JOHANNESBURG (miningweekly.com) – Emerging plant nutrient producer Kropz will seek admission to trade on the Aim in London, where it intends raising the funds required to complete the upgrading and commissioning of its advanced-stage phosphate project in South Africa, as well as cut debt and develop a wider African asset base.
The initial public offering is coinciding with the bottoming of the phosphate rock market, with prices now reaching beyond the $100/t mark.
Mining intelligence company CRU predicts that phosphate rock prices will rise in the long term, spurred by escalating population growth, changing global dietary patterns and decreasing arable land, resulting in increases in demand and improvements in phosphate fertiliser prices.
Kropz has spent $120-million to bring its Elandsfontein phosphates mining and processing project in South Africa’s Western Cape to 95% completion and expects to require an additional $16-million to cover its augmentation.
Production at Elandsfontein, which hosts a low cadmium phosphate rock that meets proposed European Union requirements, is scheduled to begin in the second half of next year and to produce 800 000 t/y of phosphate rock concentrate at steady state. The main driver of phosphate rock demand is the need to boost crop yields and increase global food supplies to feed an expanding world population.
Elandsfontein’s initial mine life is 14 years from a compliant 101-million tonne resource at 7.7% phosphorus pentoxide (P2O5) and a probable 63.6-million tonne reserve at 9.6% P2O5.
The vision of the company, headed by CEO Ian Harebottle, is to develop over time into an integrated, mine-to-market plant nutrient company focused on sub-Saharan Africa, which has the fastest-growing population in the world, with food demand expected to triple by 2050, and the region's subsequent fertiliser needs anticipated to rise accordingly.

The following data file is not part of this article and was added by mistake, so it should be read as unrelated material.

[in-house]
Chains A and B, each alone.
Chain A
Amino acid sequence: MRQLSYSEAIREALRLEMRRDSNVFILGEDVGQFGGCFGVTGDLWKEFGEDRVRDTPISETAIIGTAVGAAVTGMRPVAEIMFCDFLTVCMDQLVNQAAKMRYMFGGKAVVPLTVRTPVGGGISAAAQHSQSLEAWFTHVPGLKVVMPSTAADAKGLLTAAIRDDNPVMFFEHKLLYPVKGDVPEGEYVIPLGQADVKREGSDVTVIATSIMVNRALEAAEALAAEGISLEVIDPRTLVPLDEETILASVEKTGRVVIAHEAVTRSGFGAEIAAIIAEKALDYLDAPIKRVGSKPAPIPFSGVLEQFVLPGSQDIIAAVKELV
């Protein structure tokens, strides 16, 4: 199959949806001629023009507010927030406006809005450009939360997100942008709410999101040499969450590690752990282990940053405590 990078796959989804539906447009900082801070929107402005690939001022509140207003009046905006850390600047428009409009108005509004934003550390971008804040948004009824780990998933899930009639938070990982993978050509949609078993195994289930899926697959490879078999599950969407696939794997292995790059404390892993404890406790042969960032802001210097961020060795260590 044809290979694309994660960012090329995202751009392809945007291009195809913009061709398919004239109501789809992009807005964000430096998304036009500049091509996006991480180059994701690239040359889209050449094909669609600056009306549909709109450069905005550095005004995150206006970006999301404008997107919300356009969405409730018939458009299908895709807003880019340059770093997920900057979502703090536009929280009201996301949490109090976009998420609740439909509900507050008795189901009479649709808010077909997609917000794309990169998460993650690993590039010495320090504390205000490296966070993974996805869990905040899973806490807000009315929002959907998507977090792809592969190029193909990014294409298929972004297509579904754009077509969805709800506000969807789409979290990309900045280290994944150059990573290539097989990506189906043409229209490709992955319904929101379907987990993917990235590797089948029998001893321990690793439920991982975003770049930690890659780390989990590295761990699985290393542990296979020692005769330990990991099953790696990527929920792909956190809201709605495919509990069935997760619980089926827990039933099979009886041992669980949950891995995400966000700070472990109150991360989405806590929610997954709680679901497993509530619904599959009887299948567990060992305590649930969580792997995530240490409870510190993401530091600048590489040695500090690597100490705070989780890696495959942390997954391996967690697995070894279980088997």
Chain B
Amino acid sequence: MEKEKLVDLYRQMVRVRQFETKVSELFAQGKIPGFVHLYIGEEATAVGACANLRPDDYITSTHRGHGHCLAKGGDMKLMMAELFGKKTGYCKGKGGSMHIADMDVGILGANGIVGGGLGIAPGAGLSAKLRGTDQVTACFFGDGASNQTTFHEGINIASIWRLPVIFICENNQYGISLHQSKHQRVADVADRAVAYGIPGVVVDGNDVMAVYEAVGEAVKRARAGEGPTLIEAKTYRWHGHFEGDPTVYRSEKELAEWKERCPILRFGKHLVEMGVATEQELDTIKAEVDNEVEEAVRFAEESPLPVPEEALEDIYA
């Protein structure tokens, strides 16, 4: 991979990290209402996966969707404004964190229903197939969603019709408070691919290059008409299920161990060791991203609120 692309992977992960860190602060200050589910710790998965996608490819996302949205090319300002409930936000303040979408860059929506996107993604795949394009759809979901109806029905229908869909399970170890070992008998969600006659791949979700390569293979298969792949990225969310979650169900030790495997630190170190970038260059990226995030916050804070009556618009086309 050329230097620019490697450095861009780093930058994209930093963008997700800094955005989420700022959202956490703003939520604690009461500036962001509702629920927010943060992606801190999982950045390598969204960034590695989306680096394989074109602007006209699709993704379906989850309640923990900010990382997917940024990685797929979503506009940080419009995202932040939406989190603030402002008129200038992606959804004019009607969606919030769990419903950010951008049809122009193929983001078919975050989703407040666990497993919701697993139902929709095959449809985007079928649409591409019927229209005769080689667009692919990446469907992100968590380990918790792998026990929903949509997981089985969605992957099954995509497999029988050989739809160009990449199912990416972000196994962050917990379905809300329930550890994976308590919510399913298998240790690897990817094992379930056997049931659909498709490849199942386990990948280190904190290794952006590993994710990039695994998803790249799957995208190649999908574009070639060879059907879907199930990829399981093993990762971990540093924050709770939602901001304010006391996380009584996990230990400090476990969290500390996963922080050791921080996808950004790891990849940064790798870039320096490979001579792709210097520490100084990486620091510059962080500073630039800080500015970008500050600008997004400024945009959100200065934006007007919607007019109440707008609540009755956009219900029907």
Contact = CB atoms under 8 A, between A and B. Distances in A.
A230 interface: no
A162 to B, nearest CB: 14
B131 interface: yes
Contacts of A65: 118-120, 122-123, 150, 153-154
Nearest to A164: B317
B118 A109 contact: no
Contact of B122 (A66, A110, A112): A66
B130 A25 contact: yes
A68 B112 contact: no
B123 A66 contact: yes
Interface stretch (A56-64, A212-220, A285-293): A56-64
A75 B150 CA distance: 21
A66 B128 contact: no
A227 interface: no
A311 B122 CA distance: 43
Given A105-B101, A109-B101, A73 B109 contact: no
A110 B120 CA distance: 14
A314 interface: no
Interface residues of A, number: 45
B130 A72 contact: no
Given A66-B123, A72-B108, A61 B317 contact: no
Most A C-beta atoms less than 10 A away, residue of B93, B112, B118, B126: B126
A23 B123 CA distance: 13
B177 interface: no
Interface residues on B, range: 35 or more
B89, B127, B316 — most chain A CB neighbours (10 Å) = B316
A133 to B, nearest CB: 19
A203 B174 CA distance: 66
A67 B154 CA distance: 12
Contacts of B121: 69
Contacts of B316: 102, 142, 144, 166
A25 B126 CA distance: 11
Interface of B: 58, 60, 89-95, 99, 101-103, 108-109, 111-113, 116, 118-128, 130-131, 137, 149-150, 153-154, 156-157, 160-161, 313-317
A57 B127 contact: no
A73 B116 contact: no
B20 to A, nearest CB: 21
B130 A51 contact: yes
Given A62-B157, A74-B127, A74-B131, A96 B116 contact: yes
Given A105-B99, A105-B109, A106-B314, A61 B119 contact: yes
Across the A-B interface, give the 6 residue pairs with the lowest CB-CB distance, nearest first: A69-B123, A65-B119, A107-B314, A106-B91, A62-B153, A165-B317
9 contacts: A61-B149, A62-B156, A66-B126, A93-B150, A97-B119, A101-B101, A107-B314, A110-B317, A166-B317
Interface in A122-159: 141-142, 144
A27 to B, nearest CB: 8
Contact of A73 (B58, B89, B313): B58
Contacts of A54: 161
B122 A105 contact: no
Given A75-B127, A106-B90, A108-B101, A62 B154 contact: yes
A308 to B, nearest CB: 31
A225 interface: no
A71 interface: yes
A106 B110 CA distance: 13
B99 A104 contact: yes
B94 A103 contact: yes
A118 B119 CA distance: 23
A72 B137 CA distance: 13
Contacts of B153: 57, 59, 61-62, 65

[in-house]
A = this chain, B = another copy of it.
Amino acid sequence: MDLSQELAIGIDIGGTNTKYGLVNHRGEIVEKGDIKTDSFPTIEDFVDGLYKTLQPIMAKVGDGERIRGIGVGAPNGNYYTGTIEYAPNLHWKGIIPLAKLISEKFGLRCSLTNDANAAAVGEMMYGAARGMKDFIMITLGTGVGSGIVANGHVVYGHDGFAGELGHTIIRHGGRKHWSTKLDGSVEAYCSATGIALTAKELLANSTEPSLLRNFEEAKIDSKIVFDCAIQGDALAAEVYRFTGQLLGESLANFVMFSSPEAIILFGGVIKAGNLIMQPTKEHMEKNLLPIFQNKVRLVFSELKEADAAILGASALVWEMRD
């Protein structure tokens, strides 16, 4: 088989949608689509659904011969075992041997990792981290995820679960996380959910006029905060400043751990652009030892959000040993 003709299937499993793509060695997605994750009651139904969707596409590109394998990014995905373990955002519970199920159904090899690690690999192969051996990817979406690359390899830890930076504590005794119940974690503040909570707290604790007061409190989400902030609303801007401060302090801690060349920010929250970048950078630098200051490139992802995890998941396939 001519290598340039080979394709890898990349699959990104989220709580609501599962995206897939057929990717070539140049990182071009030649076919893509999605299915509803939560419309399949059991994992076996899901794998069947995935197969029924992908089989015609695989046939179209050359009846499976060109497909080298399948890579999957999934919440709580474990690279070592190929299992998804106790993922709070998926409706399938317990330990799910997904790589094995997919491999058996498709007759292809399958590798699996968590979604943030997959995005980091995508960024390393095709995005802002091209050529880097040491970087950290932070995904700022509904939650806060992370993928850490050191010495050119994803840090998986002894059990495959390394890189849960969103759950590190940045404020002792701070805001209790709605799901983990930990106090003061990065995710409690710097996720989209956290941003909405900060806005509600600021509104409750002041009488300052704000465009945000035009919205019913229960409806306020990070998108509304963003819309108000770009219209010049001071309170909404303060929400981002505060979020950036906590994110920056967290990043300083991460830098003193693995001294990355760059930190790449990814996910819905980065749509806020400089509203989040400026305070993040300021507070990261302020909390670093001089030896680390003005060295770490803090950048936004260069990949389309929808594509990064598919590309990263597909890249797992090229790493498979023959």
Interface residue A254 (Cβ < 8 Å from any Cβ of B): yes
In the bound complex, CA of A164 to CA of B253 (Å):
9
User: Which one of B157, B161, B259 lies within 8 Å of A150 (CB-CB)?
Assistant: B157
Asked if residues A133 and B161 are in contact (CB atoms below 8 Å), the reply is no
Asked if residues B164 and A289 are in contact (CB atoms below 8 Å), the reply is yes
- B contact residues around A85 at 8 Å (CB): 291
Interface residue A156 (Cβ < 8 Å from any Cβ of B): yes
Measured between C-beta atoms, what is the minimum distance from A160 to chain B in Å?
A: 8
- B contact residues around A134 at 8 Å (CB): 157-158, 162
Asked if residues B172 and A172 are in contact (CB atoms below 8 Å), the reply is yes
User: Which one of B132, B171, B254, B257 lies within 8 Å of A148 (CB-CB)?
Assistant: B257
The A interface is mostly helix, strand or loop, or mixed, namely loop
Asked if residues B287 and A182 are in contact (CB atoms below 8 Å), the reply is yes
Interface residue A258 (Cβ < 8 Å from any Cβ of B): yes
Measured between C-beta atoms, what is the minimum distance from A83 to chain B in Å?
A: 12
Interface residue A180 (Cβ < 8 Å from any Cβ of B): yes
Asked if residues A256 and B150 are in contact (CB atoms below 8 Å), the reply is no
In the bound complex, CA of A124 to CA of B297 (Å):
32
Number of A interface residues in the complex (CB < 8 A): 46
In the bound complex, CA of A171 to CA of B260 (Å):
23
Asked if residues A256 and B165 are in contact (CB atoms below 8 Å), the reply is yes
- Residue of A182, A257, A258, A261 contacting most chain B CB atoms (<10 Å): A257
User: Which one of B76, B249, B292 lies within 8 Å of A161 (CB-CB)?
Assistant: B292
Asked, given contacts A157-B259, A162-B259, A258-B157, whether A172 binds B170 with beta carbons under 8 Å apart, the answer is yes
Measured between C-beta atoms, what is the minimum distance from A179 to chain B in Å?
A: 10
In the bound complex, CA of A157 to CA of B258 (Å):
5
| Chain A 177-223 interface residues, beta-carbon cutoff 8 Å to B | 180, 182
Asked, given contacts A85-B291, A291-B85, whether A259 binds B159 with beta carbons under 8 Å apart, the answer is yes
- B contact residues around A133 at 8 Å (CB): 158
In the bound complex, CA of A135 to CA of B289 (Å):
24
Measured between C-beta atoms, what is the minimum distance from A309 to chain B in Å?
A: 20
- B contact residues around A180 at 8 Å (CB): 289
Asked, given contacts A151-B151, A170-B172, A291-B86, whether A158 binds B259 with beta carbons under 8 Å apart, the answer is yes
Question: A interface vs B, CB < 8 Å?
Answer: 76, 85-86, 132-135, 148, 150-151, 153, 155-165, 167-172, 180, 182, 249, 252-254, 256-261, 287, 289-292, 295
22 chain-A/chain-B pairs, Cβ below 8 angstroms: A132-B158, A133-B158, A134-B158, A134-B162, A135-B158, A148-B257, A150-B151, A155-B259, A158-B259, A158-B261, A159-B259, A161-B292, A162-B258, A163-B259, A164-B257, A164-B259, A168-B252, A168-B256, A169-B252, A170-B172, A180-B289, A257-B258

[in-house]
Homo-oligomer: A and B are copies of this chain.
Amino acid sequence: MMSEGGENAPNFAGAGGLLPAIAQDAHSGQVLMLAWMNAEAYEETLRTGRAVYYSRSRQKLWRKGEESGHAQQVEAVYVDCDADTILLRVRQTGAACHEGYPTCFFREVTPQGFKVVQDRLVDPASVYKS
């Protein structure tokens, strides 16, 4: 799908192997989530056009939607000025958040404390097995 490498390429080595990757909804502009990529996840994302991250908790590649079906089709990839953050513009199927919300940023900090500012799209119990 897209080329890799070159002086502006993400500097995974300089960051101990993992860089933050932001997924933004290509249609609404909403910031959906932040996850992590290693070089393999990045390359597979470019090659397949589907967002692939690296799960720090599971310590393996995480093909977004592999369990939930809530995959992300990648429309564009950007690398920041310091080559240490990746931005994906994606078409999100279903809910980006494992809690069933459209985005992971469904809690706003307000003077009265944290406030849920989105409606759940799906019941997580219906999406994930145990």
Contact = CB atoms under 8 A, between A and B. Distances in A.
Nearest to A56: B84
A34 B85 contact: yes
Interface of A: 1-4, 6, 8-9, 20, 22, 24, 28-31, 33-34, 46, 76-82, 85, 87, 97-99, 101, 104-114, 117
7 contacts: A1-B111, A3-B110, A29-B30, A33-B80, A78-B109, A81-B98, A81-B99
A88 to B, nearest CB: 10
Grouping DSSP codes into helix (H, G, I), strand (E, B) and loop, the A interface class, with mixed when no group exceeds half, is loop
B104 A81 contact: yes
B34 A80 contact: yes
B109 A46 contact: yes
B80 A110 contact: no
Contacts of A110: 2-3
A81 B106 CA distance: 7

Kropz has submitted for an exploration prospect in Ghana and potential exists to extend life-of-mine at Elandsfontein. In addition, Kropz is considering acquisitions to increase production.
Its directors believe that being a publicly traded company will also assist in achieving its strategic objectives, which include taking advantage of additional opportunities in the fertiliser supply chain.
The company has secured several offtake agreements ahead of production, including a cornerstone agreement for one third of its production at market prices with Foskor, South Africa’s only vertically integrated producer of phosphate ore, phosphoric acid and granular fertiliser, in which the State-owned Industrial Development Corporation is the controlling shareholder. It will ship phosphates from the Port of Saldanha to Richards Bay, where the Foskor plant is located. This will be done at a transport cost lower than what it costs Foskor to transport phosphates from its own mine in Phalaborwa, Limpopo, to Richards Bay.
The Port of Saldanha is a mere 50 km from the developing Kropz operation, enabling it to target demand in the Atlantic and Indian Ocean markets, with significant freight advantages over North African producers.
Besides being a rand hedge for Foskor, the low cadmium content of the Kropz ore will also provide Foskor with greater efficiency potential.
Kropz’s other offtake agreements already concluded involve marketing into the Americas and India through major trading companies, making it clear that the company is not going to struggle to sell its rock.
Kropz’s black economic empowerment partner is African Rainbow Capital, the R9-billion black-owned investment bank headed by Patrice Motsepe.
Phosphorus, an element for all forms of life that cannot be substituted or recycled, is an ingredient for the downstream fertiliser market – “and ultimately human survival itself”, Harebottle states in a release to Creamer Media’s Mining Weekly Online.
As the world’s population continues to grow, urbanise and industrialise, farm land per capita is decreasing, which is increasing reliance on plant nutrients to yield more food from less land.